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Build a Python App

Learn how to build a Python app that interacts with Stardog.

Page Contents
  1. Build a Python App
    1. 1. Install Python and Stardog
    2. 2. Create a Directory and venv for your App
    3. 3. Download Sample Data
    4. 4. Creating and Querying our Database
    5. Final Thoughts

In this tutorial we’re going to learn how to create a basic Python app that can interact with Stardog.

1. Install Python and Stardog

If you haven’t already done so, install Python and/or Stardog.

In order to install Python, visit the Python website. In order to install Stardog, follow the instructions on our installation page.

2. Create a Directory and venv for your App

Now that we have Python and Stardog installed, we can start setting up our app. We’ll start by creating a directory for our project.

mkdir python-client && cd python-client

Next, we will make a venv in order to manage and isolate our dependencies for this project.

python3 -m venv env

This will create a new folder in our project directory called env. We now want to activate our venv by executing the following command:

source env/bin/activate

When you want to stop working on your project, run the deactivate command. Now that we have activated our environment, we can install the pystardog library. This will allow us to interact with Stardog from our Python app.

python -m pip install pystardog

3. Download Sample Data

Download the sample data for this tutorial from our Github. In this tutorial, we will store this in a folder named resources.

4. Creating and Querying our Database

With all that out of the way, we can move on to actually creating our app! We’ll start by importing the necessary libraries and setting up our connection. In this example, the endpoint, username, and password for the Stardog server are all the default values. Be sure to change these to the correct values for your installation. Here, we create a new database with the name pythondb.

import stardog
from pathlib import Path

# specify our endpoint, username, and password
# default values are provided, be sure to change if necessary
conn_details = {
    'endpoint': 'http://localhost:5820',
    'username': 'admin',
    'password': 'admin'

# create a new admin connection
with stardog.Admin(**conn_details) as admin:
    # create a new database
    db = admin.new_database('pythondb')
    print('Created db')

    print('Dropped db')

In this code, we drop our new database since it simply contains sample data and we want to be able to run this code multiple times. In an actual app, you most likely will not want to do this.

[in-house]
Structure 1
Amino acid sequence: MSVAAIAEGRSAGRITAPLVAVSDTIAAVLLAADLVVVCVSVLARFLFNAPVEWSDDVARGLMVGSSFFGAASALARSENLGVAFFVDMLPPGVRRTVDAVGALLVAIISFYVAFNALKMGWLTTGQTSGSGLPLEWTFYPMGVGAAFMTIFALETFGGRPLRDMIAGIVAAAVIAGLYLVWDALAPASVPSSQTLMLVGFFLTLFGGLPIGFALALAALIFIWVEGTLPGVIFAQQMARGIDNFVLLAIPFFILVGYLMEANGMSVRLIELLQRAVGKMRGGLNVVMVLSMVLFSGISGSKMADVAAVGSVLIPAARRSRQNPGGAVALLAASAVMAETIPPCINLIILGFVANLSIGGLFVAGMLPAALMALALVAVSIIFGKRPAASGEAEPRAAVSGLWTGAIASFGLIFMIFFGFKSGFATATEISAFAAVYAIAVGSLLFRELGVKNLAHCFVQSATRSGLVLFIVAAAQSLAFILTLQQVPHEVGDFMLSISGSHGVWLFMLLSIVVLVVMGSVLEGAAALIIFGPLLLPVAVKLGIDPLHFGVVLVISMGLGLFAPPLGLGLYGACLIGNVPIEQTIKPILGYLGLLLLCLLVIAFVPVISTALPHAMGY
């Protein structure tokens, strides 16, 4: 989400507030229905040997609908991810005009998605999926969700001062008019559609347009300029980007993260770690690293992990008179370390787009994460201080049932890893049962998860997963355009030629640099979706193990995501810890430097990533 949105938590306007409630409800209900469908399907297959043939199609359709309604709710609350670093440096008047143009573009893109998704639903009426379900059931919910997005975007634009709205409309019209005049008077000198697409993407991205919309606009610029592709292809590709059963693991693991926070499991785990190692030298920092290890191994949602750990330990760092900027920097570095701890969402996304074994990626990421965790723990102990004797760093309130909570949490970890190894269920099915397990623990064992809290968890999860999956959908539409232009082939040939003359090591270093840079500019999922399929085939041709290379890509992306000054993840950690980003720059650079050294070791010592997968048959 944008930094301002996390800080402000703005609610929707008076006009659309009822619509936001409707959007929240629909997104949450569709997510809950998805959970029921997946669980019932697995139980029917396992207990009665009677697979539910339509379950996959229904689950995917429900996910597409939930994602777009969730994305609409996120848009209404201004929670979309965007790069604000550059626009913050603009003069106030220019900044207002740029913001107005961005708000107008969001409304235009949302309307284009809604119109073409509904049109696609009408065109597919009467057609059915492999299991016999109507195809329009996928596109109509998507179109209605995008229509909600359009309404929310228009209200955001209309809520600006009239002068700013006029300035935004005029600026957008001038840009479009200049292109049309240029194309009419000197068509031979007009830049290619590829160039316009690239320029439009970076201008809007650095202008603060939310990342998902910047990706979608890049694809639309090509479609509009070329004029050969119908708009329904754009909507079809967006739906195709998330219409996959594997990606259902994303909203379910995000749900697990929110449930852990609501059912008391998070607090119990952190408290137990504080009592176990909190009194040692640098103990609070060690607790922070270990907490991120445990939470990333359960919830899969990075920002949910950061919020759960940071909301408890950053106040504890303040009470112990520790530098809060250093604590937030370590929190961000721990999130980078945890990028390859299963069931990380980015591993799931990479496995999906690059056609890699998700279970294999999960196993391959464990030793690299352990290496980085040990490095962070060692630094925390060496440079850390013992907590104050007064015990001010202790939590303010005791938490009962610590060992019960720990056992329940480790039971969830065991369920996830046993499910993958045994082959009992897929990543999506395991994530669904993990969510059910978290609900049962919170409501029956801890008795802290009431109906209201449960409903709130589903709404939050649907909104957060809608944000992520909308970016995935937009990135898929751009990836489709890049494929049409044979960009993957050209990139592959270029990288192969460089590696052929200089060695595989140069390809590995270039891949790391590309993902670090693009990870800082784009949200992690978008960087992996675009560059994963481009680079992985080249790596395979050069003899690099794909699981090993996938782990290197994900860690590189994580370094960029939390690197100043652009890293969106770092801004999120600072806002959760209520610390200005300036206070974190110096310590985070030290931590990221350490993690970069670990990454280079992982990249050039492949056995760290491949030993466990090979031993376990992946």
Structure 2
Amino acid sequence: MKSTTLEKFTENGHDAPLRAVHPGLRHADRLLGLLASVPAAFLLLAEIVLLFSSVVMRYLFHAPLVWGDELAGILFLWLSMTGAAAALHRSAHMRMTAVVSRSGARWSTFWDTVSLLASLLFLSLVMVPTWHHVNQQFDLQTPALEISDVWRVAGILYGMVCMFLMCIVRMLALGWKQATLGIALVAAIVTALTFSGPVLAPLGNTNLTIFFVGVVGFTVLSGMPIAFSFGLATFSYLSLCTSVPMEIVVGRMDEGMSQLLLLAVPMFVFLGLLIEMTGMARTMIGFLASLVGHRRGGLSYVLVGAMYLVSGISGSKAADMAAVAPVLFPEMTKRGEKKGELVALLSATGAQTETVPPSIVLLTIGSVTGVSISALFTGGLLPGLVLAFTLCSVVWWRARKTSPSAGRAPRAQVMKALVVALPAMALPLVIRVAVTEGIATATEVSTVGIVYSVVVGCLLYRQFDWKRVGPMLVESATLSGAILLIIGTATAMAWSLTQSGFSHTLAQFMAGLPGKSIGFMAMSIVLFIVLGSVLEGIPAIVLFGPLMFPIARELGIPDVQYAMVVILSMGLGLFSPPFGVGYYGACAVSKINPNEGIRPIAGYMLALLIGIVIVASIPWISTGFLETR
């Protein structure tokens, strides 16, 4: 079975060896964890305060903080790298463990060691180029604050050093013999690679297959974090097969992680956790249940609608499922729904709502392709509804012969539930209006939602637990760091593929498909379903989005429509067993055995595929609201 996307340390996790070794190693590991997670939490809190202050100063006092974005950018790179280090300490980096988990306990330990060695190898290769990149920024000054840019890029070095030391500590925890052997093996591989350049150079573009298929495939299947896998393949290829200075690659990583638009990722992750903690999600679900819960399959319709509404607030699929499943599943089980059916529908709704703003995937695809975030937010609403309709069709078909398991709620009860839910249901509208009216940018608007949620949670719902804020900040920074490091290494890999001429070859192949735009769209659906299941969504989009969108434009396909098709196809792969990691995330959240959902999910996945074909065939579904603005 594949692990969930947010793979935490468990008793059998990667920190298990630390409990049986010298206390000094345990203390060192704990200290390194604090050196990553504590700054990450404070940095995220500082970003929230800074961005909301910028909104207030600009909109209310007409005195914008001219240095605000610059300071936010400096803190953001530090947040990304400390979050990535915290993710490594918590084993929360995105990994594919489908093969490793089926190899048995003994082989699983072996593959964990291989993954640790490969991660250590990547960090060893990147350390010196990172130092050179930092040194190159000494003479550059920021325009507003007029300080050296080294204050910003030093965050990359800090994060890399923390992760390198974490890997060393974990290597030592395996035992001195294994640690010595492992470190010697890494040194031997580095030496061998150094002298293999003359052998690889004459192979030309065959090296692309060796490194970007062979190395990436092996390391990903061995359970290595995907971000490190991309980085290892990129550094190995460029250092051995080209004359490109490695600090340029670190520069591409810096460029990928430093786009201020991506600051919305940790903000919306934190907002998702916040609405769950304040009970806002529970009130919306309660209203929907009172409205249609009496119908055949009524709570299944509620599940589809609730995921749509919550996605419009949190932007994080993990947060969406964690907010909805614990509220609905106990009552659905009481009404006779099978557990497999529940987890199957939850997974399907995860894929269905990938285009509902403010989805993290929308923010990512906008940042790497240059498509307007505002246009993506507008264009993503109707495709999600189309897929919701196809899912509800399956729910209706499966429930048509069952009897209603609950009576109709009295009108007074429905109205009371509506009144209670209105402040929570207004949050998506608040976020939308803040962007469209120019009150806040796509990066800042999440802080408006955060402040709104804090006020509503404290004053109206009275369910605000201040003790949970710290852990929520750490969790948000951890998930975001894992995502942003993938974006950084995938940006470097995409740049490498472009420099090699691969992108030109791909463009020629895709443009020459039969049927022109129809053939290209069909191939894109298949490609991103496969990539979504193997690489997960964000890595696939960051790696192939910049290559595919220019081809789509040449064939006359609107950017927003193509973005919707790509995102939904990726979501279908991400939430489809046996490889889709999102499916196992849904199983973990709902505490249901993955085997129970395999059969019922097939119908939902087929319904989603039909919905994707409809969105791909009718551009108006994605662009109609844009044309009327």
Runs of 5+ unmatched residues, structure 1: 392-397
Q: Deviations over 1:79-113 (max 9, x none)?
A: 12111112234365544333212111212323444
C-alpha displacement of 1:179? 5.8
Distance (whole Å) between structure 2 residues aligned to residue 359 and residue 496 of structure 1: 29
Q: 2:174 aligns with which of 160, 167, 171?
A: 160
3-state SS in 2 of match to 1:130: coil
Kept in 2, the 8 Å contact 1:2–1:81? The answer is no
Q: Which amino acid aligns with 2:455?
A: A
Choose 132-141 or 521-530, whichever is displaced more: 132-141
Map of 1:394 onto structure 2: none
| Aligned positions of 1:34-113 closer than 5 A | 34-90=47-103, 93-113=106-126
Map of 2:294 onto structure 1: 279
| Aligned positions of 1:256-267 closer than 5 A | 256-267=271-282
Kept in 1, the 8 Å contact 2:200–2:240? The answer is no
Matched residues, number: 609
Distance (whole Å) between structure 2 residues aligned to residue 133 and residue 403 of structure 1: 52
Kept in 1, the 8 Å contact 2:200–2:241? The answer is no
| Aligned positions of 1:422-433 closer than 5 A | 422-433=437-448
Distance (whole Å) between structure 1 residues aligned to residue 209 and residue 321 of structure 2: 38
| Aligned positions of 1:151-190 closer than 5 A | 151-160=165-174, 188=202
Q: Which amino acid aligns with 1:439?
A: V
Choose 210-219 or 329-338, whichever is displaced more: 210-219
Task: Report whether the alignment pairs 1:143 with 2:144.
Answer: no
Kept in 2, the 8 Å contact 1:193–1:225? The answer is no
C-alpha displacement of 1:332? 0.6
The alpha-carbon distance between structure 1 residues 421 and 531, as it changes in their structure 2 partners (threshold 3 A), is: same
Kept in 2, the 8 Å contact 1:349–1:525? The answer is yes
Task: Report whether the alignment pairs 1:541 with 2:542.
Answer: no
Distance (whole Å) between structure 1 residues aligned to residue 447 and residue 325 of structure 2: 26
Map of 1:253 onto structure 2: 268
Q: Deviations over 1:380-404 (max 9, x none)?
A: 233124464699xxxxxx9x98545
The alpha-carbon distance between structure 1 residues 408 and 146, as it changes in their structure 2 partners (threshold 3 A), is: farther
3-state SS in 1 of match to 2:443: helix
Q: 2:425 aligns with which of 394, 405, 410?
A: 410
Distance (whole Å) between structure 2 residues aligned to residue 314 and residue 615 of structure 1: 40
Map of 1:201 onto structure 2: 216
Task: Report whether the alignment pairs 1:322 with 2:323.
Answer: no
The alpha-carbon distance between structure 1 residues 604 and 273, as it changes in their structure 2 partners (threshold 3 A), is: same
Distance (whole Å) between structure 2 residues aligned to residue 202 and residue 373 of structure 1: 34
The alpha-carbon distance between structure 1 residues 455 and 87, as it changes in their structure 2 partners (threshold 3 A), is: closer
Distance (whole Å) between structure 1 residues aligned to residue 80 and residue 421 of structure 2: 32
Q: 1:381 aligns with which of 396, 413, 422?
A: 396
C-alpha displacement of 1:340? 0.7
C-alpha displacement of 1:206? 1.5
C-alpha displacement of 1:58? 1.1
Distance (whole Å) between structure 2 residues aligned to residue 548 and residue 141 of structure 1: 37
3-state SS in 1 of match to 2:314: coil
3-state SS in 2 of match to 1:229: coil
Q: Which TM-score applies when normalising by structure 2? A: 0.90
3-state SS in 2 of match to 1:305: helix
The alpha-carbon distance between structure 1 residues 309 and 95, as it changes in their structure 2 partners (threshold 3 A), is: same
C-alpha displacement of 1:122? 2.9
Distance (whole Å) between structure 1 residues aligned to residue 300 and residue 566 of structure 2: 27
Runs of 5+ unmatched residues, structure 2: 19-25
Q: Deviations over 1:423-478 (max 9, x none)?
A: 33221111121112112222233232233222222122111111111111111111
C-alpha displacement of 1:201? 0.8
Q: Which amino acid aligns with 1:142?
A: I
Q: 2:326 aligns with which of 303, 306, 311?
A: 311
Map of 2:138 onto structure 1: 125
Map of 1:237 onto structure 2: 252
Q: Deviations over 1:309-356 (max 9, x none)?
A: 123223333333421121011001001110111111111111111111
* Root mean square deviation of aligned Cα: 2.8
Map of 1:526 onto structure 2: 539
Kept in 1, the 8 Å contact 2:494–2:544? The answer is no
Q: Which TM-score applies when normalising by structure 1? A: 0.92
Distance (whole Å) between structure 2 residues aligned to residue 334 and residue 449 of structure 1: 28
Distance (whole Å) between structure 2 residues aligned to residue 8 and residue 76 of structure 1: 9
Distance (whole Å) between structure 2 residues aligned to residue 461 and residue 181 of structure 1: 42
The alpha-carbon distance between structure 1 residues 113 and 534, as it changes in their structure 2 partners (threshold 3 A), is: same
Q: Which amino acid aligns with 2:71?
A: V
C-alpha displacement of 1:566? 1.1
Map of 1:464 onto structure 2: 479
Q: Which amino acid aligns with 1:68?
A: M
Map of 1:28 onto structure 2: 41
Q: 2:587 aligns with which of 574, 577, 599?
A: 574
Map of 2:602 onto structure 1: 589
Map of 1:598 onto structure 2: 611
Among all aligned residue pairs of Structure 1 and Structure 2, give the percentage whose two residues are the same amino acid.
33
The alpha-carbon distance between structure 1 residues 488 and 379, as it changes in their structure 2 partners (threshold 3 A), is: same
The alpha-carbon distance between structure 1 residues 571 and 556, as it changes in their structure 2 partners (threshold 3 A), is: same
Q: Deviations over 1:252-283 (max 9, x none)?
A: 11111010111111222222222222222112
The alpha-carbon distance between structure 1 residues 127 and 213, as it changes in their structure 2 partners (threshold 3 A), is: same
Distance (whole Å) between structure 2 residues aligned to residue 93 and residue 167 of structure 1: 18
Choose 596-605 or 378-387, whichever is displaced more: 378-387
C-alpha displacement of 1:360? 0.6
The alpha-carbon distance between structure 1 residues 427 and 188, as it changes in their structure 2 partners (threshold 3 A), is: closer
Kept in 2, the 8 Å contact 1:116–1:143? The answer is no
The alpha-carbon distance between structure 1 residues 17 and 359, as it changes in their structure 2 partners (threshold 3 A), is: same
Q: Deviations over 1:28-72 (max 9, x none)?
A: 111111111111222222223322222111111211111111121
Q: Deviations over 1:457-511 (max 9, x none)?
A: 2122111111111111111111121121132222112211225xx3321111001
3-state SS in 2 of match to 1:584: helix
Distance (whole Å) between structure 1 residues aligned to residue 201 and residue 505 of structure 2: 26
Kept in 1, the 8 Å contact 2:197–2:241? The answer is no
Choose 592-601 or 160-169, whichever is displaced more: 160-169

After we create the database, we can initiate a connection to the server in order to add data to and query our database. Here we first begin the transaction with conn.begin(), add our data to this transaction with conn.add(), then commit our changes to the database with conn.commit(). This code assumes the resources directory is located in the same directory as your Python file.

    with stardog.Connection('pythondb', **conn_details) as conn:
        # begin transaction
        # add data to transaction from file
        path = str(Path(__file__).parent.resolve() / 'resources/GettingStarted_Music_Data.ttl')
        # commit the changes

We follow a similar process for executing a query.

        # SELECT some of the data we just inserted
        print('SELECT * {?s a :Person} LIMIT 5'))

Data can also be added directly through code without being stored in a file like so:

conn.add(stardog.content.Raw(':Yo_Yo_Ma a :Person', 'text/turtle'))

print('SELECT ?s { ?s a :Person }'))

We can also remove data with a DELETE statement like so:

conn.update('DELETE WHERE { ?s ?p ?o }')

print('SELECT * { ?s ?p ?o }'))

Final Thoughts

We have now created a basic client in Python that can interact with our databases in Stardog. The full documentation for pystardog can be found on the Read The Docs page. The full code for this example can be found in the stardog-examples repo. A Jupyter notebook showcasing the usage of pystardog for data analysis with with pandas can also be found on the pystardog Github page.